writer_agent = WriterAgent()
        critique_agent = CritiqueAgent()
        designer_agent = DesignerAgent(self.output_dir)
        editor_agent = EditorAgent(layout)
        publisher_agent = PublisherAgent(self.output_dir)

        # Define a Langchain graph
        workflow = Graph()

        # Add nodes for each agent
        workflow.add_node("search", search_agent.run)
        workflow.add_node("curate", curator_agent.run)
        workflow.add_node("write", writer_agent.run)
        workflow.add_node("critique", critique_agent.run)
        workflow.add_node("design", designer_agent.run)

        # Set up edges
        workflow.add_edge('search', 'curate')
        workflow.add_edge('curate', 'write')
        workflow.add_edge('write', 'critique')
        workflow.add_conditional_edges(start_key='critique',
                                       condition=lambda x: "accept" if x['critique'] is None else "revise",
                                       conditional_edge_mapping={"accept": "design", "revise": "write"})

        # set up start and end nodes
        workflow.set_entry_point("search")
        workflow.set_finish_point("design")

        # compile the graph
        chain = workflow.compile()

        # Execute the graph for each query in parallel
        with ThreadPoolExecutor() as executor:
            articles = list(executor.map(lambda q: chain.invoke({"query": q}), queries))

        # Compile the final newspaper
        newspaper_html = editor_agent.run(articles)
        newspaper_path = publisher_agent.run(newspaper_html)

        return newspaper_path

The Power of Cycles in Action within GPT-Newspaper

Within GPT-Newspaper, the cycle between the writer and critique agent exemplifies a repeated process of article creation and review. Initially, the Writer Agent crafts an article, which the Critique Agent then reviews. If there are areas that need improvement, the Critique Agent provides valuable feedback, encouraging the Writer Agent to refine the article. This iterative cycle continues until the Critique Agent gives the nod of approval, promising a dynamic and interactive sequence of events that enhances the final output quality.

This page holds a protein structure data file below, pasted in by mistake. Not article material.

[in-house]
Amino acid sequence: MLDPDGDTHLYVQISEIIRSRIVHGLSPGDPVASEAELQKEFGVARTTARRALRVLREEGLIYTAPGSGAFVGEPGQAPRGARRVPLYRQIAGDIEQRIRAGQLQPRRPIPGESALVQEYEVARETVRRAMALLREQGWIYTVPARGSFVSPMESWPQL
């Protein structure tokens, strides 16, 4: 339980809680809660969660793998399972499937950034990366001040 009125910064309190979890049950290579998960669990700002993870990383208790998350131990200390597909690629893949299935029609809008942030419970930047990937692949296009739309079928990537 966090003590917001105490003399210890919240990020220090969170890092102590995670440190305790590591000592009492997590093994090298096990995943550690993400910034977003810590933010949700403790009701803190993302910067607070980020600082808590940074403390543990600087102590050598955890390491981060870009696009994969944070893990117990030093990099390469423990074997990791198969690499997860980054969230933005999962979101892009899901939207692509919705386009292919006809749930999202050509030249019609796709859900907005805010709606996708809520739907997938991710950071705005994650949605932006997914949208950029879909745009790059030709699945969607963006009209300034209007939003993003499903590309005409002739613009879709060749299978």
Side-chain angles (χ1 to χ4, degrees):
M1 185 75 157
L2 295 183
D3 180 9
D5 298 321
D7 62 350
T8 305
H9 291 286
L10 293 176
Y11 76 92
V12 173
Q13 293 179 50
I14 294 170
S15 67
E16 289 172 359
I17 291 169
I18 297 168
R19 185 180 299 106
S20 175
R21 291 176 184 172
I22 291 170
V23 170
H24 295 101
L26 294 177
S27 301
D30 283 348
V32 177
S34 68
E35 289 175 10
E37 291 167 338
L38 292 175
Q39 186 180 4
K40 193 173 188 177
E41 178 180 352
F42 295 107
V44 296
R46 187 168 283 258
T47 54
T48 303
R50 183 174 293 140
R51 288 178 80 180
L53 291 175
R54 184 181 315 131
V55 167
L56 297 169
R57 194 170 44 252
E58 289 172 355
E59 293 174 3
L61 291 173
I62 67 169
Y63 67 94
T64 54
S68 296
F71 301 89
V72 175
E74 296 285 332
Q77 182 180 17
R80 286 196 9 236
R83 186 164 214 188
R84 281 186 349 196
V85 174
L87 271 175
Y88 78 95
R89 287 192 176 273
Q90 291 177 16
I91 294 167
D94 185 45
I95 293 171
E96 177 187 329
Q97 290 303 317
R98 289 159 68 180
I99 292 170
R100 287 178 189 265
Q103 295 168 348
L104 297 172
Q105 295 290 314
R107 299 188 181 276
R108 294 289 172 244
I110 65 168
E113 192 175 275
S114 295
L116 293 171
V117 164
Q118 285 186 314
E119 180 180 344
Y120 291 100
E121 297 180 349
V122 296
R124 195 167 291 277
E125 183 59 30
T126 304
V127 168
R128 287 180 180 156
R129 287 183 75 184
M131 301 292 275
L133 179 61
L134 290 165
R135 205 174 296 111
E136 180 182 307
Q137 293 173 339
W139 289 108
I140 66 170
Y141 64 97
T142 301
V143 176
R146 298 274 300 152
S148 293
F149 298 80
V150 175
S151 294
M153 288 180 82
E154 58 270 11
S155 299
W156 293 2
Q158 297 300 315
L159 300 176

Getting Started with GPT-Newspaper

In this section, we will walk you through the steps to download and start using GPT-Newspaper.


Prerequisites

Before you begin, you will need the following API keys:


Installation

Clone the repository:

git clone <https://github.com/rotemweiss57/gpt-newspaper.git>

Export your API Keys:

export TAVILY_API_KEY=<YOUR_TAVILY_API_KEY>export OPENAI_API_KEY=<YOUR_OPENAI_API_KEY>

Install Requirements:

pip install -r requirements.txt

Running the App

Run the app:

python app.py

Open the app in your browser by navigating to the following URL:

<http://localhost:5000/>

That’s it! You have now successfully set up and started GPT-Newspaper on your local machine.


Looking Ahead: The Future of GPT-Newspaper and LangGraph

As I refine and expand GPT-Newspaper, I’m enthusiastic about LangGraph’s potential. Its capacity to handle cyclic operations and progressively improve outputs could revolutionize other applications, extending the limits of what language models can accomplish. Agents can communicate!


In my view, LangGraph is laying the groundwork for a new era of AI. This era will see complex tasks being addressed by a coordinated ensemble of specialized agents. The exciting journey of GPT-Newspaper is merely a hint of what’s to come, and I’m eager to delve into the future possibilities.